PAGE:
In the evening, Alois brought Adolf to his three-bedroomed flat at 102 Upper Stanhope Street, and seeing that the brothers were now on friendlier terms, Bridget cooked dinner for them. After the meal, Adolf retired to the drawing room, while Bridget scolded her husband for giving his brother such a rough reception. Alois said that Adolf - who he referred to as 'my artist brother' - had deserted from the Austrian army and had been on the run for eighteen months. "That's why he came here to me," Alois explained, "When he confessed this at the station he wondered why I didn't welcome him with open arms."
At that time in Vienna, there was a rigid system of registration of domicile, and this system made it easy to locate anyone failing to report for military service. Alois said that Adolf had gotten round this by using the identity papers of his dead brother Edmund. But when the Viennese police were finally on to him, Adolf fled to Liverpool after begiing Anton Raubal's wife for the travelling expenses that Alois had sent to her husband.
Now that Alois had explained the facts, she understood why her husband had made such a scene at the station.
According to Bridget, her 23-year-old brother-in-law spent most of his time lounging around the house and playing with two-year-old William Patrick. At first, he hardly spoke to her, but gradually, as the weeks went by, Adolf became more friendlier, and began talking about his interest in painting and his future plans. He told Bridget how disappointed he became when his application to become an artist at the Academy of Art in Vienna was turned down by a Jewish professor who said that he couldn't paint, but had a minor talent for architecture.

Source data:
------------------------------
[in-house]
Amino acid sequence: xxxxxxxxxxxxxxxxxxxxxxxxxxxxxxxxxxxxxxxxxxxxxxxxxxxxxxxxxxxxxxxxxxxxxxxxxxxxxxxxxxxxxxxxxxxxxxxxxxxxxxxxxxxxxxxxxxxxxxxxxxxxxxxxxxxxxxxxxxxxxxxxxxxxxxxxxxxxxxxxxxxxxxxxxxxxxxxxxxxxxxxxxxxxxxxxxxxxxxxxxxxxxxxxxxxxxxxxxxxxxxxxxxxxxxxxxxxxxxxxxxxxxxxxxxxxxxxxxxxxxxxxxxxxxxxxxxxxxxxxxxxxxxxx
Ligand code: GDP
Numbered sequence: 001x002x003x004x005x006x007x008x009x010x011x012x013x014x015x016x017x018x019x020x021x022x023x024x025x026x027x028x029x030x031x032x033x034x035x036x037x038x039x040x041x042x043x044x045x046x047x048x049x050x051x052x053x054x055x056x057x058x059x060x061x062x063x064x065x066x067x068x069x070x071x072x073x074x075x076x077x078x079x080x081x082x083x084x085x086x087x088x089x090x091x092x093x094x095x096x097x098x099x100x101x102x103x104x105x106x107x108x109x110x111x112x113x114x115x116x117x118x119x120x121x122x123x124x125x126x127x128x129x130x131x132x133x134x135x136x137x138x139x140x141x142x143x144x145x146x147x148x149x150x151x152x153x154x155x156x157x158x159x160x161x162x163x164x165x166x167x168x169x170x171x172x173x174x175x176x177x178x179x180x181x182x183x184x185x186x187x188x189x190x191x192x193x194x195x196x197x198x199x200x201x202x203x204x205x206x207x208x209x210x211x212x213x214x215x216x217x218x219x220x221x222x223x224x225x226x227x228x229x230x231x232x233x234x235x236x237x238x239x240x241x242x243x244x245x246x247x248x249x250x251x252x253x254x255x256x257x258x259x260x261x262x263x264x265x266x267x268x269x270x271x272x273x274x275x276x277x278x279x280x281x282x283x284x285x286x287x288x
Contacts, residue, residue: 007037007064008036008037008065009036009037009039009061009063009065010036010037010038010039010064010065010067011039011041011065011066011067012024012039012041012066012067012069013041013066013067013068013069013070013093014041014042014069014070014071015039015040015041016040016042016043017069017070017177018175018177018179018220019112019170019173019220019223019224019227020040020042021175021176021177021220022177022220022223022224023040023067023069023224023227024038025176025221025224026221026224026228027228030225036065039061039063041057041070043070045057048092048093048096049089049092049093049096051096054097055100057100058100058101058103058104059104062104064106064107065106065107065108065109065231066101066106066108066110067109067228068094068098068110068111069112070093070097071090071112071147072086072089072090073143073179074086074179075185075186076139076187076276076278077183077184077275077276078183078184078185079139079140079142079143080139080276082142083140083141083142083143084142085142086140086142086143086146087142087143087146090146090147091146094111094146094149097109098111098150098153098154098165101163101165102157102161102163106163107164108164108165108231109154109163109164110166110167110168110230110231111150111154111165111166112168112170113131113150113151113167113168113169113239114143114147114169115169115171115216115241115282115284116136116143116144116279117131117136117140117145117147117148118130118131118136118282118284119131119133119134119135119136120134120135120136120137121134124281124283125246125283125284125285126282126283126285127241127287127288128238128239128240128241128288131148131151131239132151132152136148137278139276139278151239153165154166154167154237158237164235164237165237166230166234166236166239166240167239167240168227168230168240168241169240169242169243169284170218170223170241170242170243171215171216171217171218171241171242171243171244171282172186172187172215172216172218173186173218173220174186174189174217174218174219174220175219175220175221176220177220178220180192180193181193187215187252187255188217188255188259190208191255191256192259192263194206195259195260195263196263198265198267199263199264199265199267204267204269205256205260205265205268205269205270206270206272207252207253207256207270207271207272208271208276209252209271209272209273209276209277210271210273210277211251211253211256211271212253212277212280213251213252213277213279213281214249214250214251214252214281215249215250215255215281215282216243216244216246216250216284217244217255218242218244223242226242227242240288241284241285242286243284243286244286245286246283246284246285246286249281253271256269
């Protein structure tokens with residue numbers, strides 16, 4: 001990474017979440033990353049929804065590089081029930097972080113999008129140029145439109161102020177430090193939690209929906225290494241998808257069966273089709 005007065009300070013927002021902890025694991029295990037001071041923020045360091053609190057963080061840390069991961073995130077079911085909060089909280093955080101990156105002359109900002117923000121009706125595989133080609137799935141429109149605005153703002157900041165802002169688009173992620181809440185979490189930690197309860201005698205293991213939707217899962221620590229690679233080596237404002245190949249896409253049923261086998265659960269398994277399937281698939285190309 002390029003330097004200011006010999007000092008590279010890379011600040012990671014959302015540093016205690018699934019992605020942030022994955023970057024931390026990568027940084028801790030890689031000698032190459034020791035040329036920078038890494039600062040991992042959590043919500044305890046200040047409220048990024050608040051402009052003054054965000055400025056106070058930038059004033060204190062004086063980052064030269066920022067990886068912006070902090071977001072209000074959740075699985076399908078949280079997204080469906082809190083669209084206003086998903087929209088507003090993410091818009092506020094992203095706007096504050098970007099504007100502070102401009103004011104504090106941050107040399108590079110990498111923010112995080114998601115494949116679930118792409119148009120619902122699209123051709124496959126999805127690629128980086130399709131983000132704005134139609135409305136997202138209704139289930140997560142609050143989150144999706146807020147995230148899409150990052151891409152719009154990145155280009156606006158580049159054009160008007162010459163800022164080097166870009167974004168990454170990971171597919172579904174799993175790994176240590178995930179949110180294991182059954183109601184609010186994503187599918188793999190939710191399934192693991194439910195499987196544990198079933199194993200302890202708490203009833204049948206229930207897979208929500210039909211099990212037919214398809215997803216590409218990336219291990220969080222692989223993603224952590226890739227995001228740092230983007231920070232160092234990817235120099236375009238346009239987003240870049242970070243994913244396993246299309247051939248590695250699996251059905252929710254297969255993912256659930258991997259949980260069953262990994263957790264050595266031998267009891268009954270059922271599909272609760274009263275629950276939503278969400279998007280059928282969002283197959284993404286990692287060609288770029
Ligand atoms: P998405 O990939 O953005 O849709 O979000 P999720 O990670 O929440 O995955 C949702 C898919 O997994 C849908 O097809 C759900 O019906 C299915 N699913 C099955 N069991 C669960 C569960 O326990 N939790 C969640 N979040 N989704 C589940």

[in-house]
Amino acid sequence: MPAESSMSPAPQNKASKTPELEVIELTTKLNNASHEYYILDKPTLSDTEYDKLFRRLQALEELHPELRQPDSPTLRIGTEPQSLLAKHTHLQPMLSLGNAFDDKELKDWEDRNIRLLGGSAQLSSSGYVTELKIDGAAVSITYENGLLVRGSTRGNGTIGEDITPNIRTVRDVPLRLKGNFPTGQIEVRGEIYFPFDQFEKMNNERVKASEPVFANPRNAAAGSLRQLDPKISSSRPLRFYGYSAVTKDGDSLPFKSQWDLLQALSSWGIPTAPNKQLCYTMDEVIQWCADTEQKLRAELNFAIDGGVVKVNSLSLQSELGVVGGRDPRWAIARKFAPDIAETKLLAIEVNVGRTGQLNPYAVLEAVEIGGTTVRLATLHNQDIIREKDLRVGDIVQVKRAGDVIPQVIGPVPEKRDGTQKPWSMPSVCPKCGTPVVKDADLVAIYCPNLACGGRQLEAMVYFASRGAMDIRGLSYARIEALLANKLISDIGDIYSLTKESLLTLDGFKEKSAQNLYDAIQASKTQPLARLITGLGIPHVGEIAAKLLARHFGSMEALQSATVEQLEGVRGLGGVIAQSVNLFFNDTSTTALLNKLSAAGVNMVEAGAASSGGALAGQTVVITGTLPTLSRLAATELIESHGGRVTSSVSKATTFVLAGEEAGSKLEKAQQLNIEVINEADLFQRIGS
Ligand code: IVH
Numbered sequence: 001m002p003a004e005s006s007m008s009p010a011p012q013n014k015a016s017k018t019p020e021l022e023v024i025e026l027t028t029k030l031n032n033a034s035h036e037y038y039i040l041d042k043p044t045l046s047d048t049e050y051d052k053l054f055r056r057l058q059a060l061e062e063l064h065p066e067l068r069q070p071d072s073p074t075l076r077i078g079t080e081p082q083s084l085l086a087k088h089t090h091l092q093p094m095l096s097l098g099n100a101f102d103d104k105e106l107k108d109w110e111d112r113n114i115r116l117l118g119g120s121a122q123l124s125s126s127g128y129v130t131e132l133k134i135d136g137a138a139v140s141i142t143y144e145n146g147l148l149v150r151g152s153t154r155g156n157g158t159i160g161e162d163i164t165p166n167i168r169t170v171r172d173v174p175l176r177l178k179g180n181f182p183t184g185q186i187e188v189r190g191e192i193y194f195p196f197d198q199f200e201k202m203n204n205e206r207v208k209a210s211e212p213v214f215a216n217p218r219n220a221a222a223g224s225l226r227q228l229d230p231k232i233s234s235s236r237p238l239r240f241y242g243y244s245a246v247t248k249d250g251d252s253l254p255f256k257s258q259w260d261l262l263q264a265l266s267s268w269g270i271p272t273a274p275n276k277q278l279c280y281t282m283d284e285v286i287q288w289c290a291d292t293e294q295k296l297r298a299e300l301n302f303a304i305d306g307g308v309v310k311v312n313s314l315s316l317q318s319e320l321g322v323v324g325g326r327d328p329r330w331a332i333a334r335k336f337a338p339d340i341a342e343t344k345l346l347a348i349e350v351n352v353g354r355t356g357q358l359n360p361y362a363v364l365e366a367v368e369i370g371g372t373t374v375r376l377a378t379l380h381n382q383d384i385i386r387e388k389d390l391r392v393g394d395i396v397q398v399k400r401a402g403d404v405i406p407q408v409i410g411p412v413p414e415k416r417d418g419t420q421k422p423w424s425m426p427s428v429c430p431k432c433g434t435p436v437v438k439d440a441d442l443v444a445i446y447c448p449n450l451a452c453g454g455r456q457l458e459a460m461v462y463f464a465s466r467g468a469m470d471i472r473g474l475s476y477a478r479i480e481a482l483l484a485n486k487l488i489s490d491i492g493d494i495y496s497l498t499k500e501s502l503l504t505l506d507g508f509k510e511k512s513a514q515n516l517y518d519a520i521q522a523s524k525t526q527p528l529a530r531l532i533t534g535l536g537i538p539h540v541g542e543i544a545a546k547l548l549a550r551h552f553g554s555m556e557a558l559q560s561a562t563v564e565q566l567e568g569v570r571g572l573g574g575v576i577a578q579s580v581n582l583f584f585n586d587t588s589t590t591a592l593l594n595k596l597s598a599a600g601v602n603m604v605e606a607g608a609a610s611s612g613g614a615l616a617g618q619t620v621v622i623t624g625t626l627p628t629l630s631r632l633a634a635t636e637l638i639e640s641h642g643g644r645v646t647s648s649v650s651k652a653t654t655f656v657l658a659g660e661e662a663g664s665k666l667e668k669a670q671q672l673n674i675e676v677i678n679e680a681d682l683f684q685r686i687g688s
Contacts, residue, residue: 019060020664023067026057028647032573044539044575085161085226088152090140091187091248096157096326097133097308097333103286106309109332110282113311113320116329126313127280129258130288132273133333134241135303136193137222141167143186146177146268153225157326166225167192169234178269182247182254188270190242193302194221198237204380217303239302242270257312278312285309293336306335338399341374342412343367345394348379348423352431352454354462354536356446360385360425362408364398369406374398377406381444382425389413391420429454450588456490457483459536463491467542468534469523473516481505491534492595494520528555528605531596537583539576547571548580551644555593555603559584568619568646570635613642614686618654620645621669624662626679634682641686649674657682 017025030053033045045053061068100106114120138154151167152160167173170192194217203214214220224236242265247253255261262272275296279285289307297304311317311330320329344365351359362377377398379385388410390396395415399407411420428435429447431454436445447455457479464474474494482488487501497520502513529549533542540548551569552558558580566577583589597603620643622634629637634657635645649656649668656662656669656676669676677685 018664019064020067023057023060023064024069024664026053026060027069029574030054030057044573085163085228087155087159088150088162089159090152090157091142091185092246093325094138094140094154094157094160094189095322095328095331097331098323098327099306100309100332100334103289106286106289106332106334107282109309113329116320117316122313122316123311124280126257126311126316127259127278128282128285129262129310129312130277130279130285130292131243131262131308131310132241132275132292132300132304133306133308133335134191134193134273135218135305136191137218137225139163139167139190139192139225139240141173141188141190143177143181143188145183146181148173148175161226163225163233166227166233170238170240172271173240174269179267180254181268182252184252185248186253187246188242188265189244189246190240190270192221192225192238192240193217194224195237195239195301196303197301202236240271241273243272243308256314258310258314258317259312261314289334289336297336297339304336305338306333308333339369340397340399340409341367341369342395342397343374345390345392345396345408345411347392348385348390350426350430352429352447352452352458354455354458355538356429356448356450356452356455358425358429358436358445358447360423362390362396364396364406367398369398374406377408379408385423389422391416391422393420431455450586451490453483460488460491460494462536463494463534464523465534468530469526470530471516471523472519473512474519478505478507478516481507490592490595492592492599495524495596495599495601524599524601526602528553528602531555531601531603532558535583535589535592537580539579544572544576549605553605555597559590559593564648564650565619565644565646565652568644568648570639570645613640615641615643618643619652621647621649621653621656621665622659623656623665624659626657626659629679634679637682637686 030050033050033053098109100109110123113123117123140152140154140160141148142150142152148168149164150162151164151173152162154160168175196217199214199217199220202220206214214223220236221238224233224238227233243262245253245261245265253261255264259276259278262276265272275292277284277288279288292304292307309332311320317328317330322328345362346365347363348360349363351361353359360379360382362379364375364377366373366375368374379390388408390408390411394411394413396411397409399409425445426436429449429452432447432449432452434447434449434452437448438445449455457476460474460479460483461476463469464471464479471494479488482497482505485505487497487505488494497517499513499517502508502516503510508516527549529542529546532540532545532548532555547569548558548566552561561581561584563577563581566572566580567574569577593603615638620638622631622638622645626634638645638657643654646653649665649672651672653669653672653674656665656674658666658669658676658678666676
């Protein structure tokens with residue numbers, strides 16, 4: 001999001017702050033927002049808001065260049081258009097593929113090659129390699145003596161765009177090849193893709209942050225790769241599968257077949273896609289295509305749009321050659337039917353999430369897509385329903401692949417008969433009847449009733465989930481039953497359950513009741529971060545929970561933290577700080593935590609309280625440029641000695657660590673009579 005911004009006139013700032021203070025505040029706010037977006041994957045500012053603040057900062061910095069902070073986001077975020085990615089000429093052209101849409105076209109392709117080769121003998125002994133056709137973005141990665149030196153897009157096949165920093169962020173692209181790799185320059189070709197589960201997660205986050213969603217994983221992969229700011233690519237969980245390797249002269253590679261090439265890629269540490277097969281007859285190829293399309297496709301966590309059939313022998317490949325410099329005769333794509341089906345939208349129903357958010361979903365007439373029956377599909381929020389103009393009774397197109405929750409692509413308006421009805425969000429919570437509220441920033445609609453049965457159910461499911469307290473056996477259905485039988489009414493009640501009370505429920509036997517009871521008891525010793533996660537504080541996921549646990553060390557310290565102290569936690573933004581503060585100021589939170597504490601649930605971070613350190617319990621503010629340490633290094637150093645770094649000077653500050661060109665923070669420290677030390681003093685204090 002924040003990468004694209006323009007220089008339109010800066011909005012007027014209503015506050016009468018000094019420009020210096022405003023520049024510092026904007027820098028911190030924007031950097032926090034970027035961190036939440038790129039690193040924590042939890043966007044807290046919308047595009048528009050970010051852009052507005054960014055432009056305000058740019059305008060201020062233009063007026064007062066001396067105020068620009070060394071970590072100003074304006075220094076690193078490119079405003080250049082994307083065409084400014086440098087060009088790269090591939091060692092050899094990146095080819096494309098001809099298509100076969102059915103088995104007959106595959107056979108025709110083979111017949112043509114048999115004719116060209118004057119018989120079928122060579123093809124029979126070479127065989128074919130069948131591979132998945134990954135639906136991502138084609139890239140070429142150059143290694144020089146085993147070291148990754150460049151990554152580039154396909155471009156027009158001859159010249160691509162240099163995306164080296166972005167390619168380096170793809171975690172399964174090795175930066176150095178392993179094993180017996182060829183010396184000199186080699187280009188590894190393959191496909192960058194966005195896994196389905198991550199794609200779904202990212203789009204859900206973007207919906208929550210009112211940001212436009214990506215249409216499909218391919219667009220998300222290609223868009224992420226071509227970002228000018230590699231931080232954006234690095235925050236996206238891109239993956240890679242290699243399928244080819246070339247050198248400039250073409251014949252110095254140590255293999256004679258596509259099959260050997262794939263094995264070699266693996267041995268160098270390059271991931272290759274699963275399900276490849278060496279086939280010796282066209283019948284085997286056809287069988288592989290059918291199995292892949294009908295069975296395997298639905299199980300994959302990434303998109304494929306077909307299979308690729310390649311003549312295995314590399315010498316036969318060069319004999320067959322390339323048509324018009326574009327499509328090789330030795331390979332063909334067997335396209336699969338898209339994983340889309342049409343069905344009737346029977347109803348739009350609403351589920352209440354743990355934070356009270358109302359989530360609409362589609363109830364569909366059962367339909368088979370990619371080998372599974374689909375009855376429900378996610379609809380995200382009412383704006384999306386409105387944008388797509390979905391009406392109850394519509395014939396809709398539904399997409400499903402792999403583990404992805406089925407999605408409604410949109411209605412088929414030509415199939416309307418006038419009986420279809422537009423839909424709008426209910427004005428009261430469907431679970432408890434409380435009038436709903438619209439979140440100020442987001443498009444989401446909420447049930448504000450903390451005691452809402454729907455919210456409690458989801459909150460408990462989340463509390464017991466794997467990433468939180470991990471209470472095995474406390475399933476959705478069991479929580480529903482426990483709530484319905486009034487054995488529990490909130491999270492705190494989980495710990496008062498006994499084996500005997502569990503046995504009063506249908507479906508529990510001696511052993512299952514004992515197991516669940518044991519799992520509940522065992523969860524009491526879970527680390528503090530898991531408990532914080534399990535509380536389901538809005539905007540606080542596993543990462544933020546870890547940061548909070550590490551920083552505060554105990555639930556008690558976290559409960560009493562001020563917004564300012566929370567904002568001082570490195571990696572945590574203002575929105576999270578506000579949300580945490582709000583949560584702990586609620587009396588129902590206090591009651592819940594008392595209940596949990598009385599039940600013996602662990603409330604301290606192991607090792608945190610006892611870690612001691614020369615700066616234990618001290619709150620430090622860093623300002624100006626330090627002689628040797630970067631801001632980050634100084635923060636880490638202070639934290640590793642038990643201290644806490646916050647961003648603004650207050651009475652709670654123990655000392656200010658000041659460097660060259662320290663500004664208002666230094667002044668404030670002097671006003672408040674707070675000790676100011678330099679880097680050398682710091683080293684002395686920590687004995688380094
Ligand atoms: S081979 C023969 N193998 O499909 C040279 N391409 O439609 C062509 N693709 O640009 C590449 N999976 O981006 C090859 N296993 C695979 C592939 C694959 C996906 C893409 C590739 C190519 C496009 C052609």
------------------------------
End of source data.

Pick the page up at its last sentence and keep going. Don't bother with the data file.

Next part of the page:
Another subject young Adolf discussed - or rather, argued with his sister-in-law, was Germany's future. It was Adolf's unshakeable belief that Germany would one day take its rightful position in the world, and whenever he talked about the 'fatherland', he would unfold a map of the world that belonged to Alois, spread it across the floor, and explain how Germany would first conquer France, and then England. Sometimes Adolf would disrupt Bridget's housework o discuss his political predictions, and on one occasion when Bridget became thoroughly irritated by Adolf's ranting, she carried on cleaning, and Adolf began to scream and shout at her for ignoring him. Bridget retaliated by telling Adolf that he would never live to see England destroyed by Germany, and added that he wasn't even German; just a low-living Austrian deserter. Hitler was so taken aback by Bridget's riposte that he became speechless, and began to shake as he swelled with anger.